What you need to know
- Carl Pei launched his own company, Nothing, after splitting off from OnePlus.
- It now appears to have acquired Andy Rubin's Essential brand.
- Essential went defunct in early 2020 after a failure to launch.
Essential, the now-defunct company previously owned by Andy Rubin, has now been picked up by Carl Pei's new Nothing Technologies. Essential shut down almost exactly a year ago after delivering the Essential Phone to mixed critical reception but poor commercial reception.
9to5Google found recent filings at the UK Intellectual Property Office showing that former Android founder Andy Rubin has signed over ownership of his one-time smartphone entrant Essential to Carl Pei's Nothing Technologies Limited. This process was completed as of January 6, 2021, with the application actually being made as early as November 11, 2020.
9to5Google speculates that Nothing could be entering the smartphone market, but that seems unlikely (in the near future) given the company's focus on smart home devices and Essential's underwhelming performance. Essential largely exists as a brand and nothing more. Though, Essential's closing message could offer a hint as to the reason behind this brand partnership.
Our vision was to invent a mobile computing paradigm that more seamlessly integrated with people's lifestyle needs. Despite our best efforts, we've now taken Gem as far as we can and regrettably have no clear path to deliver it to customers.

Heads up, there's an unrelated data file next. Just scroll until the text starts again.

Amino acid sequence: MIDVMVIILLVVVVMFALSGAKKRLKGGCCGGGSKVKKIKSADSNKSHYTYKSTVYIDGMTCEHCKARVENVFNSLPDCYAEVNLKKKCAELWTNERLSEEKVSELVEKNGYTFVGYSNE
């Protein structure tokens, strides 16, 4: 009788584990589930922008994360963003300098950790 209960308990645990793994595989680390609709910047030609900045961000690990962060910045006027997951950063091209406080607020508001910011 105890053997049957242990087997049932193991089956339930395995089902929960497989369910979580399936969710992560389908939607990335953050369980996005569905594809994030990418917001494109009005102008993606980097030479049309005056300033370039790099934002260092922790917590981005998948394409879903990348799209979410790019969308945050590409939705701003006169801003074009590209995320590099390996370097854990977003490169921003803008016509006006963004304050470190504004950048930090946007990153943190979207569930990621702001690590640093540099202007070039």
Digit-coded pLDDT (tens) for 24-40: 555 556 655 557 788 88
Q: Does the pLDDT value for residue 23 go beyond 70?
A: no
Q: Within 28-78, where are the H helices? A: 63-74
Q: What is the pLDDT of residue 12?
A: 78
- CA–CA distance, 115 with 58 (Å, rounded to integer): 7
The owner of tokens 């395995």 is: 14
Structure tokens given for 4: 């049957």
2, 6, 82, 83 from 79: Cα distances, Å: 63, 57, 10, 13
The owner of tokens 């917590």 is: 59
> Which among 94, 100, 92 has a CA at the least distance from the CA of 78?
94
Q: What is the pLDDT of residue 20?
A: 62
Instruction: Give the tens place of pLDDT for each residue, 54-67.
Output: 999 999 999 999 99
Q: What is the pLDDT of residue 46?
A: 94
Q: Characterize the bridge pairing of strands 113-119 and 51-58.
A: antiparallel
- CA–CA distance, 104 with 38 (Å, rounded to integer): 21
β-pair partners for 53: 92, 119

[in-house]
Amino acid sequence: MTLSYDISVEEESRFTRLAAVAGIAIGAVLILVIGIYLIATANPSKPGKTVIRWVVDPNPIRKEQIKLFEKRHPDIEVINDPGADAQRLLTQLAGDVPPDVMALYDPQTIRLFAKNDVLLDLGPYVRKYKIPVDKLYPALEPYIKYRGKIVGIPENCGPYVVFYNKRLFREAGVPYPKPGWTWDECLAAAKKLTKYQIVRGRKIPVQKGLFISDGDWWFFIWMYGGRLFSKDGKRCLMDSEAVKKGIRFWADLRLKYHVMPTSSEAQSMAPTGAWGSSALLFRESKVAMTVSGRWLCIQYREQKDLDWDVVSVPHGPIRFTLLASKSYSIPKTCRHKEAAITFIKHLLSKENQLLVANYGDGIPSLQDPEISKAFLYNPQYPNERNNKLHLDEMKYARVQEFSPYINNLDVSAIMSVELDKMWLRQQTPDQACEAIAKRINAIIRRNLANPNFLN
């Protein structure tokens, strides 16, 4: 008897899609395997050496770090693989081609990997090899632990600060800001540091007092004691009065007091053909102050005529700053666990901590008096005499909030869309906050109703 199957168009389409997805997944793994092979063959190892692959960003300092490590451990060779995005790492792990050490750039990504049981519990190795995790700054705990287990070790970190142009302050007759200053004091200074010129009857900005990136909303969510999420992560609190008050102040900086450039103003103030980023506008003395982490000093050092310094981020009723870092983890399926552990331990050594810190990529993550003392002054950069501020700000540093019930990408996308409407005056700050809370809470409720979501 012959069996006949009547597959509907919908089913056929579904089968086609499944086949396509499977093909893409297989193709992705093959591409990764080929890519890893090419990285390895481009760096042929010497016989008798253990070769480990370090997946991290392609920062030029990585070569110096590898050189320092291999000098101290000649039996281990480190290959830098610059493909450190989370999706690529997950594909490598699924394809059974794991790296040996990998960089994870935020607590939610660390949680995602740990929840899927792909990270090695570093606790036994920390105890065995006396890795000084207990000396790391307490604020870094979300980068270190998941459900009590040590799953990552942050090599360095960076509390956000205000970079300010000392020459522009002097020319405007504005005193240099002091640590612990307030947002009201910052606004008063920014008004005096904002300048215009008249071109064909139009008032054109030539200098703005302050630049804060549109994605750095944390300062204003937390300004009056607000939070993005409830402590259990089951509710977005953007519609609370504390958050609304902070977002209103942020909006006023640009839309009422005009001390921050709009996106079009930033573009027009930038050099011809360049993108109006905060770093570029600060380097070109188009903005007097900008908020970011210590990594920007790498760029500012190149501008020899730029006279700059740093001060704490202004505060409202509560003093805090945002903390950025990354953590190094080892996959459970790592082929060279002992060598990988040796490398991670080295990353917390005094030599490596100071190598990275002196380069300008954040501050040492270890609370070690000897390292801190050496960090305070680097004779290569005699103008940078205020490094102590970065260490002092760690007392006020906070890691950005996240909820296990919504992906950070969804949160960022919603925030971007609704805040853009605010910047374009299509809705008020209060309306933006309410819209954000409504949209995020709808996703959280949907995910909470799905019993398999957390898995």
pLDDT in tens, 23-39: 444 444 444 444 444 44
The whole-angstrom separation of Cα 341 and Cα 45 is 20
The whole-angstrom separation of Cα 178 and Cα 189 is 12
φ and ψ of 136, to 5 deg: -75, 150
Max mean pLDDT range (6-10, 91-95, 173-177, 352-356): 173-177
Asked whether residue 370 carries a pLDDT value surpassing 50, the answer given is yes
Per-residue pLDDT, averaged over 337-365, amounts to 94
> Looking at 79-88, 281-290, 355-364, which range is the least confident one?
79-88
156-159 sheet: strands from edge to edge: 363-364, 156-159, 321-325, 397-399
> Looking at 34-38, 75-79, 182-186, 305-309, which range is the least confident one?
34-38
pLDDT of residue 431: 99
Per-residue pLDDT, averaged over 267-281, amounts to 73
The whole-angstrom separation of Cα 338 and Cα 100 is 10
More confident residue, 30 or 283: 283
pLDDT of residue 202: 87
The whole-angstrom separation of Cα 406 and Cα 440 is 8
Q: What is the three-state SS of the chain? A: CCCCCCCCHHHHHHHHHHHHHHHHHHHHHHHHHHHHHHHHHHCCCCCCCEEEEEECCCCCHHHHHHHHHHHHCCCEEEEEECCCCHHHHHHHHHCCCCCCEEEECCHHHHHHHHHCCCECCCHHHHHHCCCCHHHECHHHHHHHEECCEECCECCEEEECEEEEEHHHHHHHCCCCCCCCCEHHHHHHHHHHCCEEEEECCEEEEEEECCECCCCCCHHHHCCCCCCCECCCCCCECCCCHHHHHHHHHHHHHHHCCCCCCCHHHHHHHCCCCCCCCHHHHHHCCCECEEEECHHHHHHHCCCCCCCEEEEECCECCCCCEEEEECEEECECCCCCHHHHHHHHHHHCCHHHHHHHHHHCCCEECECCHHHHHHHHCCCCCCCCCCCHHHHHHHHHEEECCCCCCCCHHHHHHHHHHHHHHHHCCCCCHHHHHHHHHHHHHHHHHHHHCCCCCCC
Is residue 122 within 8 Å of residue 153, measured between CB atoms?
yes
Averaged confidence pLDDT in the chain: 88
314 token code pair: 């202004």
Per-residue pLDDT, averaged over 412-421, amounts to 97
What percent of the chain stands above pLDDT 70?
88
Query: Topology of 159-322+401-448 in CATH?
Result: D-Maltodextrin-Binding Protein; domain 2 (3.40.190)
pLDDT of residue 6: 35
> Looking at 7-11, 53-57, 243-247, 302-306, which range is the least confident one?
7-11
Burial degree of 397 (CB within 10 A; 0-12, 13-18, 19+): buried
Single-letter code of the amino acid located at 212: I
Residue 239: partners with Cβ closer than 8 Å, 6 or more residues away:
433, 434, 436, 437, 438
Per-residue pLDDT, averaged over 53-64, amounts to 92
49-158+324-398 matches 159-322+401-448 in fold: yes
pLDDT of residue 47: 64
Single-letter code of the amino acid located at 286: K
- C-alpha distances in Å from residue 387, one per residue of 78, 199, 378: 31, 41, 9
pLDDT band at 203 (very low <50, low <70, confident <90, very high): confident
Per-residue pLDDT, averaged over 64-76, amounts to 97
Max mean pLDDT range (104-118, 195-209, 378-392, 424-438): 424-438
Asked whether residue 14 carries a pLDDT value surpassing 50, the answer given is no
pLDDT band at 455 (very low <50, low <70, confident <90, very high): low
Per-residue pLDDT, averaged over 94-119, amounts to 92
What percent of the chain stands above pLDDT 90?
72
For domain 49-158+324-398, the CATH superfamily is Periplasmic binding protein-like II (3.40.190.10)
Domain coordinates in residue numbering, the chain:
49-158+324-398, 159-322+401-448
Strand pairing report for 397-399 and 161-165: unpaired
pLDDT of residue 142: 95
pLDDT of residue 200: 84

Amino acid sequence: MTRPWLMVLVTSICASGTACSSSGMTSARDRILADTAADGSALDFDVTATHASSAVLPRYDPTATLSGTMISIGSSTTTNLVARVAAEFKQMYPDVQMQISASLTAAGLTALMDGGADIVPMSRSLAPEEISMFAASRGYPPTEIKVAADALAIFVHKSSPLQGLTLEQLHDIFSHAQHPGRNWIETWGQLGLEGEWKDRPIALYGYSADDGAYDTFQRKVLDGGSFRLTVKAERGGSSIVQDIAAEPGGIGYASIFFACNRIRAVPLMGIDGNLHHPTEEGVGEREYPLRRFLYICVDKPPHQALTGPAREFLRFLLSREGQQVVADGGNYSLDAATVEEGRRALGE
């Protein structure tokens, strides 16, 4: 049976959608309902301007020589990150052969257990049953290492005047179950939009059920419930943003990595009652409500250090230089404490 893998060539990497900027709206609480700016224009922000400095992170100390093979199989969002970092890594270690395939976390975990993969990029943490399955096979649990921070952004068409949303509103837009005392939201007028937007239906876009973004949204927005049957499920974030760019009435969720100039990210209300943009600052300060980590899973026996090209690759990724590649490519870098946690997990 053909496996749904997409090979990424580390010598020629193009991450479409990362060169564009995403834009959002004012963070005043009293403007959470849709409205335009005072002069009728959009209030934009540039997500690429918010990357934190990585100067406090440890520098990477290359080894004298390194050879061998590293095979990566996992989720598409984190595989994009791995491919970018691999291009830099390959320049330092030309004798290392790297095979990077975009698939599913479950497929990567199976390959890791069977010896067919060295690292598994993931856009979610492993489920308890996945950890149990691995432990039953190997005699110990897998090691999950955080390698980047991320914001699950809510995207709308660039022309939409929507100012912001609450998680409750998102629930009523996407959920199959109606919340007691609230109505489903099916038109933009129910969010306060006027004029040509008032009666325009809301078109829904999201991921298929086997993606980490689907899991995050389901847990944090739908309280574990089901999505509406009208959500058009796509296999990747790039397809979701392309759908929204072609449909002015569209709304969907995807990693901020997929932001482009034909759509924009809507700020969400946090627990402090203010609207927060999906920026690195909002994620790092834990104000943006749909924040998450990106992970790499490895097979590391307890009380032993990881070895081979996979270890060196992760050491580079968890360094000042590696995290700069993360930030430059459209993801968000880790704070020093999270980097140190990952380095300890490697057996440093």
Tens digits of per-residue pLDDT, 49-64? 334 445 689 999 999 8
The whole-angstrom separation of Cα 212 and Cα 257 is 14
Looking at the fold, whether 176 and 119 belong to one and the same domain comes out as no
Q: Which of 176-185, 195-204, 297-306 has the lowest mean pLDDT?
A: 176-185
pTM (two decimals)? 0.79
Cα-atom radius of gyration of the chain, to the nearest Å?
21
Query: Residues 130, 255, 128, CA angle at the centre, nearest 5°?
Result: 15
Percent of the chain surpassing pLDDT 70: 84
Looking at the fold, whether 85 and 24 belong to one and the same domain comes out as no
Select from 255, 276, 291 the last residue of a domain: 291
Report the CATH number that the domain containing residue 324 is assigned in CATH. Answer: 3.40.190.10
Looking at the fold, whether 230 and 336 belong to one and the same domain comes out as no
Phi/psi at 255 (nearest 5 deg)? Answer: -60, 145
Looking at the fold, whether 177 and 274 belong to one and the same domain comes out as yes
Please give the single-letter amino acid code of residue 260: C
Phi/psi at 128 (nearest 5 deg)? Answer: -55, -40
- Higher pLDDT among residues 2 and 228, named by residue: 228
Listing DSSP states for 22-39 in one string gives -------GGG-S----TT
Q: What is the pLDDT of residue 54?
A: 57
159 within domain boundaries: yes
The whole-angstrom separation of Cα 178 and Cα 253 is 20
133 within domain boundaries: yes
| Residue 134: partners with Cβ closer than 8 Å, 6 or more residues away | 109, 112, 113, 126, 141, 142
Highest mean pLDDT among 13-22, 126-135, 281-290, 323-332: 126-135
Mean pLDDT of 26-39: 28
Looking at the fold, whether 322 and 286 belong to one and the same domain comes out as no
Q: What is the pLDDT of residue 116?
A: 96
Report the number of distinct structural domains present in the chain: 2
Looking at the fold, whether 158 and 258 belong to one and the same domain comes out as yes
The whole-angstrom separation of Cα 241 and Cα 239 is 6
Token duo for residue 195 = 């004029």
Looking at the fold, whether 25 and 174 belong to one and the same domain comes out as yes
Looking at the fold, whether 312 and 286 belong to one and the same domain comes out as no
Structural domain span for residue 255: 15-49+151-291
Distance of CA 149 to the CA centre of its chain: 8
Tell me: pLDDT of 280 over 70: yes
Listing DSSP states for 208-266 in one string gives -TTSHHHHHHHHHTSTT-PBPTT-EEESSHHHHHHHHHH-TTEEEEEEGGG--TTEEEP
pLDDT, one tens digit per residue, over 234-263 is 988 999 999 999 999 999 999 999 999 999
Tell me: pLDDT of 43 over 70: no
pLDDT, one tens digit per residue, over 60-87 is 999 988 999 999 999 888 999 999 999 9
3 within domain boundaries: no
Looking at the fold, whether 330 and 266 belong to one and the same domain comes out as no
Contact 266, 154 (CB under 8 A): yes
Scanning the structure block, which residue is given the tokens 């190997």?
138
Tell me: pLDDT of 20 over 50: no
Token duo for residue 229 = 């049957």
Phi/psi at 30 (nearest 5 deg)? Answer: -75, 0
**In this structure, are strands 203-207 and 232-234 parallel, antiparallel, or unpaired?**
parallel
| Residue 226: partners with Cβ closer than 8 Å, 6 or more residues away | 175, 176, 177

Could Nothing be the something that Essential was looking for?
Nothing's mission is to remove barriers between people and technology to create a seamless digital future. We believe that the best technology is beautiful, yet natural and intuitive to use. When sufficiently advanced, it should fade into the background and feel like nothing.
When looking at these two statements in parallel, there's a remote chance that therecould be something there (no pun intended, this time). Nothing's saying that its first products will arrive before the summer, so it'll be interesting to see what sort of smart home products the company comes up with. After all, as Essential found out, lofty-sounding mission statements mean nothing if you can't convince customers to pick up your products.